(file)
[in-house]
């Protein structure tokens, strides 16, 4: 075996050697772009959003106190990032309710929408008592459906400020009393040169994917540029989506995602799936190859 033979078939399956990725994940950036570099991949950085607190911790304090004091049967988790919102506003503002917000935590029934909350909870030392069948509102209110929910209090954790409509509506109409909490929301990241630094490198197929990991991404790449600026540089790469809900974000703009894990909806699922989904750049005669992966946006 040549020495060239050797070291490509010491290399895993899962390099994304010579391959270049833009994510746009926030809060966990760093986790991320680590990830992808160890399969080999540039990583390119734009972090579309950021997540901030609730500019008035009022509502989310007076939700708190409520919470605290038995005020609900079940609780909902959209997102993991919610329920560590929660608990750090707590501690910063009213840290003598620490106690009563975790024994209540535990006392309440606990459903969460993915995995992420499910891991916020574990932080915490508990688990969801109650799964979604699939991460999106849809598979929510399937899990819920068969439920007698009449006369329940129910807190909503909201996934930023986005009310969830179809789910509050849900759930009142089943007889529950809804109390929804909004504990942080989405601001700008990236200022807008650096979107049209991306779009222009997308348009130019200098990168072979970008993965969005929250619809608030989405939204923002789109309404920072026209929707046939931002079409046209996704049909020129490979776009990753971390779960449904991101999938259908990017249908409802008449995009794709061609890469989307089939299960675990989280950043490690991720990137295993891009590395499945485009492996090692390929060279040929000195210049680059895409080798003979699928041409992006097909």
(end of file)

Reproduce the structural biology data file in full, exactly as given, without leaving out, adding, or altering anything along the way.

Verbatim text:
[in-house]
């Protein structure tokens, strides 16, 4: 075996050697772009959003106190990032309710929408008592459906400020009393040169994917540029989506995602799936190859 033979078939399956990725994940950036570099991949950085607190911790304090004091049967988790919102506003503002917000935590029934909350909870030392069948509102209110929910209090954790409509509506109409909490929301990241630094490198197929990991991404790449600026540089790469809900974000703009894990909806699922989904750049005669992966946006 040549020495060239050797070291490509010491290399895993899962390099994304010579391959270049833009994510746009926030809060966990760093986790991320680590990830992808160890399969080999540039990583390119734009972090579309950021997540901030609730500019008035009022509502989310007076939700708190409520919470605290038995005020609900079940609780909902959209997102993991919610329920560590929660608990750090707590501690910063009213840290003598620490106690009563975790024994209540535990006392309440606990459903969460993915995995992420499910891991916020574990932080915490508990688990969801109650799964979604699939991460999106849809598979929510399937899990819920068969439920007698009449006369329940129910807190909503909201996934930023986005009310969830179809789910509050849900759930009142089943007889529950809804109390929804909004504990942080989405601001700008990236200022807008650096979107049209991306779009222009997308348009130019200098990168072979970008993965969005929250619809608030989405939204923002789109309404920072026209929707046939931002079409046209996704049909020129490979776009990753971390779960449904991101999938259908990017249908409802008449995009794709061609890469989307089939299960675990989280950043490690991720990137295993891009590395499945485009492996090692390929060279040929000195210049680059895409080798003979699928041409992006097909």